The early periodic table.
In 1863 Newlands came up with the Law of Octaves:
- he put the 56 known elements in order according to their atomic weights (relative atomic mass)
- he stated that similar properties were repeated every eighth element
- however, the properties did not match well within the groups so other scientists did not accept his ideas
In 1869 Mendeleev produced a better table by leaving gaps for undiscovered elements:
- when new elements were discovered they had the same properties the Mendeleev predicted so scientists accepted his ideas
- this table by Mendeleev became that basis for the modern periodic table
The modern periodic table.
At the start of the 20th century scientist found out about protons and electrons.
The modern periodic table is based on atomic numbers and lined up in groups.
Groups contain similar chemical properties because their atoms have the same number of electrons in their highest occupied energy level (outer shell).
Most reactive metals are at the bottom of their group.
Most reactive non-metals are at the top of their group.
The reactivity of an element:
1) depends on the total number of electrons
2) the more occupied energy levels, the lower in the group an element is
3) the electrons that are in the outer shells are less attracted to the nucleus
Group 1 - the alkali metals.
Group 1 elements are reactive metals, they:
- are soft solids at room temperature (we can cut them with a knife)
- are shiny when we first cut them, but become dull as they form a layer of oxide (when reacting with the air)
- have to be stored in oil to stop them reacting with the air
- have low melting and boiling points (that decrease going down the group)
- have low densities
- all react readily with air and water (with water they produce hydrogen gas and a metal hydroxide)
eg. lithium + water => lithium hydroxide + hydrogen
The modern periodic table cont.
When metals react they lose electrons so the lower in the group an element is the easier it is to lose electrons as the attraction to the nucleus is weak.
When non-metals react they gain electrons so the higher in the group an element is the easier it is to gain electrons as the attraction to the nucleus is strong.
Group 7 - the halogens.
Group 7 elements are non-metals, they:
- exist as small molecules made up of pairs of atoms joined by covalent bonds.
- have low melting and boiling points (that increase going down the group)
- have 7 electrons in their outer shell (so they need just one more electron to acheive stability)
- form ionic compounds with metals in which their ions have a negative charge. eg. F-
- bond covalently with other non-metals to form molecules
Reactivity decreases going down the group as the number of occupied shells increases causing the attraction to the nucleus to weaken meaning that it is harder to gain electrons.
A more reactive halogen can displace a less reactive halogen from its compunds in a solution. eg. Chlorine will displace bromine if we bubble the gas through a solution of potassium bromide..
The Transition elements.
These elements are found between Group 2 and Group 3.
They have typical metallic structure, the atoms are in a large structure held together by metallic bonds, and the outer electrons of each atom are delocalised (they can move about freely, meaning they can conduct things)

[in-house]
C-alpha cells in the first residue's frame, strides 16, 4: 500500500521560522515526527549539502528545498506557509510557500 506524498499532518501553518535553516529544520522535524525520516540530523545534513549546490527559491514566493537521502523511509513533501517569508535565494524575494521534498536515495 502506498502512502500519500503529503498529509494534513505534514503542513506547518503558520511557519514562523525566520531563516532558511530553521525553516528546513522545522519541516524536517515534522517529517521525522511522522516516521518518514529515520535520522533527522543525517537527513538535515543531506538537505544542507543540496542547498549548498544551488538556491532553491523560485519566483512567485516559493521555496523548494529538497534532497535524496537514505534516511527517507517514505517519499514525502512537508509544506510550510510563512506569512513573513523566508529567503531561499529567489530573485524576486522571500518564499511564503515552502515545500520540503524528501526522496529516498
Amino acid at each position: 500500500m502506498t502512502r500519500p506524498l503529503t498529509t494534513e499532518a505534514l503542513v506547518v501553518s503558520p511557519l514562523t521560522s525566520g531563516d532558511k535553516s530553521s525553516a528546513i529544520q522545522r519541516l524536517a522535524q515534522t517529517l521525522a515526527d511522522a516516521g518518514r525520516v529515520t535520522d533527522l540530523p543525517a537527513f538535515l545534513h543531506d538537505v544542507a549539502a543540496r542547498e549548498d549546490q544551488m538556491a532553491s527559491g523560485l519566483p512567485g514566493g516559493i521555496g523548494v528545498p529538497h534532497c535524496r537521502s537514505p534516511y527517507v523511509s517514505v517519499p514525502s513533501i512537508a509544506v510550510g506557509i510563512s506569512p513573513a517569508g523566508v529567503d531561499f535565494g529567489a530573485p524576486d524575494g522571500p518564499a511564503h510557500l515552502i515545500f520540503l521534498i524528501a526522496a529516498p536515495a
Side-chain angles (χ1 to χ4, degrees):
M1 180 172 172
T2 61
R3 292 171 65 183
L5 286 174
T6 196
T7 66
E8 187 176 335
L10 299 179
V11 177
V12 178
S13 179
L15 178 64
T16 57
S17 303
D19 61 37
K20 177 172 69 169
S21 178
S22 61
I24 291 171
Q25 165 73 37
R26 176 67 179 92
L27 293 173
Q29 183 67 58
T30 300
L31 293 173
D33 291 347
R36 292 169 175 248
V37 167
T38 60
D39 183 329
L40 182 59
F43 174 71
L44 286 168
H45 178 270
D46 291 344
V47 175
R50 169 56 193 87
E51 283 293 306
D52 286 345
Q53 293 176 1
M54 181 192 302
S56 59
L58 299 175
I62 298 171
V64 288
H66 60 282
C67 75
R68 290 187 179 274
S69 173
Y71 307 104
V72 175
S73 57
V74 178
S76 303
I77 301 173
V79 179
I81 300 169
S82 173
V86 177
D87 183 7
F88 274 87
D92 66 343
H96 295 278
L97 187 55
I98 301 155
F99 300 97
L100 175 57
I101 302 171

They have higher melting and boiling points than the alkali metals, except mercury (which is liquid at room temperature).
Most of them are strong and dense (used in buliding or as alloys). eg. brass = copper + zinc and cupro-nickel = copper + nickel, very hard.
They are malleable and ductile.
Good conductors of heat and electricity.
React slowly, or not at all, with H2O or O2 at ordinary temperatures.
They form positive ions with various charges. eg. Fe2+, Fe3+.
Group 7 - the halogens. cont.
Cl2 + 2KBr => 2KCl + Br2
At room temperature:
- Fluorine = pale yellow gas
- Chlorine = green gas
- Bromine =red brown liquid
- Iodine = grey solid (which easily vapourises to violet gas when heated)
Fluorine reacts Furiously - its the most reactive halogen !
Group 1 - the alkali metals. cont.
- lithium and sodium float on water, potassium reacts vigorously and the H gas produced catches fire, producing a purple flame.
- react with Group 7 elements to form ionic salts (metal halides) that are white or colourless crystals.
eg. sodium + chloride => sodium chloride
- have one electron in their outer shell, they lose this electron when they react with substances and they form ionic compounds and their ions have a single positive charge. eg. Na+
Reactivity increases going down the group as the outer electrons are less attracted to the nucleus, due the increasing number of occupied shells, meaning it is easier for electrons to be lost.
Transition metals. cont.
The name of the transition metal compound tells us what charge the ions in the compound are, iron(II) chloride = Fe2+.
Compounds of transition metals are often brightly coloured.
They can be used as catalysts for chemical reactions.
Most of their properties are due to transition elements having a small number of electrons in their outer shell and an incomplete inner shell. This inner shells can hold up to ten more electrons for elements beyond calcium, and so there are then transition elements in each period.